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Am J Psychiatry. 1997 Nov;154(11):1538-43.

Clinical correlates of memory in schizophrenia: differential links between depression, positive and negative symptoms, and two types of memory impairment.

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  • 1Department of Clinical Psychobiology, New York State Psychiatric Institute, NY 10032, USA.



This study investigated clinical correlates of memory impairment in schizophrenic patients. In particular, the authors hypothesized that depressive symptoms would be linked to memory efficiency, as found in other clinical populations. In addition, they tested Frith's pathophysiological model predicting links between negative symptoms and failure to respond, as well as between positive symptoms and production of erroneous responses.


Thirty-one patients were given several memory tasks: long-term free recall of nonorganizable and organizable lists in immediate and delayed conditions, recognition in immediate and delayed conditions, implicit memory (stem completion task), and short-term memory (digit span). Superficial encoding of information was also assessed by the ability to recall the items sequentially; deep encoding was assessed by the ability to organize the items according to their semantic properties. Two types of memory measures were individualized: measures reflecting memory efficiency and measures reflecting production of erroneous memory responses (intrusions, perseverations, false alarms).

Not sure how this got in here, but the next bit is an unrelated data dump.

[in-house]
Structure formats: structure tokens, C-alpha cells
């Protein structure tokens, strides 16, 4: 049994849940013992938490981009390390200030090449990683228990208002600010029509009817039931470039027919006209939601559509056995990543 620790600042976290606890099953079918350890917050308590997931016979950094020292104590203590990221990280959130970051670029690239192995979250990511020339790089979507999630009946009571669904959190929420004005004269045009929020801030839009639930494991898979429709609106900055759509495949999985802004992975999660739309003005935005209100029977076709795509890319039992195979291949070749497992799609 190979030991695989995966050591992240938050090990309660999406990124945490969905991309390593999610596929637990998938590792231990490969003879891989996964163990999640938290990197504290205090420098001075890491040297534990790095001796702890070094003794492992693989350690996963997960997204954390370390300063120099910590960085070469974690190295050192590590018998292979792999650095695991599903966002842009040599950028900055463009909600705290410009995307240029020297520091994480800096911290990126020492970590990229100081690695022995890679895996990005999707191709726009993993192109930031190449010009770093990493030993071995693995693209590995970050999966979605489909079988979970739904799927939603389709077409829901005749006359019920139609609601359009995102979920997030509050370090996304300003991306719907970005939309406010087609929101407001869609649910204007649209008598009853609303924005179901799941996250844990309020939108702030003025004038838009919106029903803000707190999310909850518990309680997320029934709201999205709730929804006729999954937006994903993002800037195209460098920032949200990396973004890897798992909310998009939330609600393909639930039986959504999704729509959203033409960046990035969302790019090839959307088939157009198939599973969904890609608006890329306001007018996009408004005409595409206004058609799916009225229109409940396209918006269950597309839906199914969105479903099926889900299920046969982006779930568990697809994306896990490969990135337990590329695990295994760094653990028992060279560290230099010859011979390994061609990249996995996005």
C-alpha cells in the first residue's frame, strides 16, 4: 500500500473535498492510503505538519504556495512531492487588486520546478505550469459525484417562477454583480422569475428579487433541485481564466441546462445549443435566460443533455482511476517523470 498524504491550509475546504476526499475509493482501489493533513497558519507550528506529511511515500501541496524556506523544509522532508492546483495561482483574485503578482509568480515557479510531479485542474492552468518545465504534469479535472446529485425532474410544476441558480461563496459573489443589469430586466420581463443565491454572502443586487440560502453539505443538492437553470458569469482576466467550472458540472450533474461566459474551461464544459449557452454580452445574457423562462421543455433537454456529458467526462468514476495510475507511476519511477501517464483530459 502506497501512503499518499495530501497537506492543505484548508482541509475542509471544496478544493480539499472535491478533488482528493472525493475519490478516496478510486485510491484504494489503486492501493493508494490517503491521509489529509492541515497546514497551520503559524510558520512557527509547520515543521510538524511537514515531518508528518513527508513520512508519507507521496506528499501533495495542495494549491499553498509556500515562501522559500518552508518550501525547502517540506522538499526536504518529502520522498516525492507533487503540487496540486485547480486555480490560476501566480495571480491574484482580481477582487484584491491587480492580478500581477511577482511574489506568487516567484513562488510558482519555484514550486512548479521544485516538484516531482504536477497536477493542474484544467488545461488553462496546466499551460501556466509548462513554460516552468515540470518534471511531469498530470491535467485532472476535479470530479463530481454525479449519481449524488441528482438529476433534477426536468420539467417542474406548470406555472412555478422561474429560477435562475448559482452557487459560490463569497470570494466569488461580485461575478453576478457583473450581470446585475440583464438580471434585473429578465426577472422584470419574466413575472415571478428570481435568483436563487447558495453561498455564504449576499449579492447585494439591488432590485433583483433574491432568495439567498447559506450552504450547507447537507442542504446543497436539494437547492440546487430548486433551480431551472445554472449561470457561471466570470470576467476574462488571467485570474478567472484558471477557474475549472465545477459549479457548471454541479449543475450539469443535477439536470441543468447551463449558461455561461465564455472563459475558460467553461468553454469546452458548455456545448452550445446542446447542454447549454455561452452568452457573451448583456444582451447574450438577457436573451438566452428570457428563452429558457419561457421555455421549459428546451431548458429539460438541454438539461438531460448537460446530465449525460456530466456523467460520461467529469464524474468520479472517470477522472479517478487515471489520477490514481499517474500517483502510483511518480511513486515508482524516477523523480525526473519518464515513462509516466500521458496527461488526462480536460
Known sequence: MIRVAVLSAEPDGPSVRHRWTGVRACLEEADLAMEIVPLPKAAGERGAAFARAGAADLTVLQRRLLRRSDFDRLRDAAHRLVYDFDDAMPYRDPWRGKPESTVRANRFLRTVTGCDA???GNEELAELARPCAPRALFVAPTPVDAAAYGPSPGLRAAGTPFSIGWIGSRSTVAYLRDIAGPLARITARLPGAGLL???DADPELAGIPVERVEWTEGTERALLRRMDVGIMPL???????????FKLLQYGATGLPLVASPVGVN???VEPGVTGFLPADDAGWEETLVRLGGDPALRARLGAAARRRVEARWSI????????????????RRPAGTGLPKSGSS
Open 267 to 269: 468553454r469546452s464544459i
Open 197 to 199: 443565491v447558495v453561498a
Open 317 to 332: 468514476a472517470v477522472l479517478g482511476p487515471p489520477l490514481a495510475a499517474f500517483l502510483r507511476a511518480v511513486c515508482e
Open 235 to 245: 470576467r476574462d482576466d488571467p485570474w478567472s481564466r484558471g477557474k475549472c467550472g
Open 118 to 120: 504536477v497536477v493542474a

Consistent correlations appeared between severity of depressive symptoms and measures reflecting deep but not superficial encoding; none, however, was correlated with negative symptoms. Two of the three types of erroneous memory responses were positively linked to positive symptoms.


Efficiency of memory processes relying on deep encoding seemed linked to depressive symptoms. In addition, the two distinct types of impairment predicted by Frith's model were found. The expected link of one with positive symptoms was verified, but the link of the other with negative symptoms was not.

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